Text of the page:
Clearly this sentence both sounds ungrammatical and is ungrammatical.

The extra verbiage is masking the flaw to your "ear".

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"Bob and I have both reviewed the fees." is the grammatically correct statement.

Allow me to provide a brief partial lesson in English grammar.

English has three cases (some might argue differently, but for all practical purposes this is it):

  1. Nominative (in a general sense the active in the sentence). Nominative pronouns are: I, you (singular), we, you (plural), who.

  2. Objective (in a general sense the receiver of the action). Objective pronouns are: Me, you (singular), us, you (plural), whom.

  3. Reflexive (in a very simplified sense of when actor is also recipient of the action): myself, yourself (single individual), ourself (all collectively e.g a Union)/ourselves (all collectively e.g. Union members), yourselves (plural individuals).

One of the rules of correct English grammar, is when there is a list, as in the examples, the reference to oneself is always last. This applies to either case.

It should now be clear what is wrong with, "Me and Bob have both reviewed the fees." The list of nouns is in the wrong order, AND the wrong case has been used.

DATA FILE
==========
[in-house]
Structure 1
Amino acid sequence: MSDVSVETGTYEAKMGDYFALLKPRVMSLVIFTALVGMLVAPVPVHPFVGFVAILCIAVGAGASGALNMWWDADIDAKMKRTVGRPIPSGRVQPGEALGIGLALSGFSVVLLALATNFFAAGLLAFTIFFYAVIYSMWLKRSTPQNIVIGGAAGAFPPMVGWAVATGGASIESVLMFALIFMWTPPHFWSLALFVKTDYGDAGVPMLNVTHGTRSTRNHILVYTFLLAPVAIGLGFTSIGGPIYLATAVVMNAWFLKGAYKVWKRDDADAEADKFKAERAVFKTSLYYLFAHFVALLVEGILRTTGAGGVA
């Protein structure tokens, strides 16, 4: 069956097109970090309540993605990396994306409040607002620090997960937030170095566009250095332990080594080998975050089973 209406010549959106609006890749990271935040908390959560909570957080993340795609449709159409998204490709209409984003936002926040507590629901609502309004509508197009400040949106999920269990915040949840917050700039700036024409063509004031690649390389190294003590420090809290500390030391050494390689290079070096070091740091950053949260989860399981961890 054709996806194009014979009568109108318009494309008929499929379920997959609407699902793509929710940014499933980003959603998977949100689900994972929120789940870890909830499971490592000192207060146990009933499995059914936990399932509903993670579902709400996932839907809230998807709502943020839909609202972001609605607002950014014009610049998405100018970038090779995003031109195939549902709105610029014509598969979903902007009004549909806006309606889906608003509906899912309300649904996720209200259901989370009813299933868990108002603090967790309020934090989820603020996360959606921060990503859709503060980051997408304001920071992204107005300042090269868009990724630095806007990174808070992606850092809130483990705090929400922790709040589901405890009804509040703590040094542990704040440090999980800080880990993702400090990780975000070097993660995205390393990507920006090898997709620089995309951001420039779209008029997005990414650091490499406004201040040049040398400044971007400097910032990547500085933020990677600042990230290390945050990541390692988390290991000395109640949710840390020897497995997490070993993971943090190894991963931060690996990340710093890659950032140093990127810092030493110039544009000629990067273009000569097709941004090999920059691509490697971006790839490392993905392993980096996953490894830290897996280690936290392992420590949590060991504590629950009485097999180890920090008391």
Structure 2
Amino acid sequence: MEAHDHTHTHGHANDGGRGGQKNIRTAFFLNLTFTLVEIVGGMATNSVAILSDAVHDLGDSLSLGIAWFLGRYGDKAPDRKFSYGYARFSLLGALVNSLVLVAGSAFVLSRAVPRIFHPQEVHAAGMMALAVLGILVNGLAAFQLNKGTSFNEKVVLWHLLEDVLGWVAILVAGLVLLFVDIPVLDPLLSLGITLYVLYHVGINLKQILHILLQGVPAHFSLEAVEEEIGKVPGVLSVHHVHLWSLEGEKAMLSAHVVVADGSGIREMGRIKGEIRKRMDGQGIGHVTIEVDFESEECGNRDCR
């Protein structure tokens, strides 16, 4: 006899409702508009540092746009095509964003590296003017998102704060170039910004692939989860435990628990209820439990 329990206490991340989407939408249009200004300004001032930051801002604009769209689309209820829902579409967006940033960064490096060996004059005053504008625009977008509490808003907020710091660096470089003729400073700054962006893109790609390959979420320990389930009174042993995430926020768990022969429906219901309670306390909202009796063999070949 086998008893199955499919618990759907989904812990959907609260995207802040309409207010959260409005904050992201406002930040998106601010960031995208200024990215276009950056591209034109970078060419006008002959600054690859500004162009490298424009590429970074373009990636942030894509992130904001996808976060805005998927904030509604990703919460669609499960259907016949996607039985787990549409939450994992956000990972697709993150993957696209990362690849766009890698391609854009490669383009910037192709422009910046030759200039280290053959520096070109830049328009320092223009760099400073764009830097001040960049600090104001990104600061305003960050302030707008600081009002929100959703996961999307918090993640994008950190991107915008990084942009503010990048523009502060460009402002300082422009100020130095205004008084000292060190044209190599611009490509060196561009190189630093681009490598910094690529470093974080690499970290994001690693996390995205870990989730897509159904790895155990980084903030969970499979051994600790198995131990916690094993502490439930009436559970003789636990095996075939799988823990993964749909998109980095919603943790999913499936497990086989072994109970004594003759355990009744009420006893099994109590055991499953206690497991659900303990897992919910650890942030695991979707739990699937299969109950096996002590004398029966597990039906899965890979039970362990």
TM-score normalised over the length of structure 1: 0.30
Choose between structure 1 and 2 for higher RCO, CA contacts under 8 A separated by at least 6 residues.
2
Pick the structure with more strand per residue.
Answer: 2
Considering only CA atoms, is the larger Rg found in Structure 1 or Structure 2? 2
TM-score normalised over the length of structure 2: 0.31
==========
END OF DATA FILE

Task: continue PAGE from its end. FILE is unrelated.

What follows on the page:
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It's complicated.

Both are correct (for certain definitions of "correct" and depending on the context). The first is more natural to me in normal speech. I would use the second in formal writing (because it has been drilled into me, not because it is natural). So it depends on the register you wish to communicate in.

The rules for pronoun case in coordinated structures like this are governed by many things. For example, whether they are both pronouns and, if not, whether the pronoun comes first or second.

There is a fairly detailed investigation in this thesis: “Me and her” meets “he and I”: Case, person, and linear ordering in English coordinated pronouns by Thomas Grano


Edit: Having finally had some time to look into this a bit more, I have found some interesting discussion on the Language Log blog: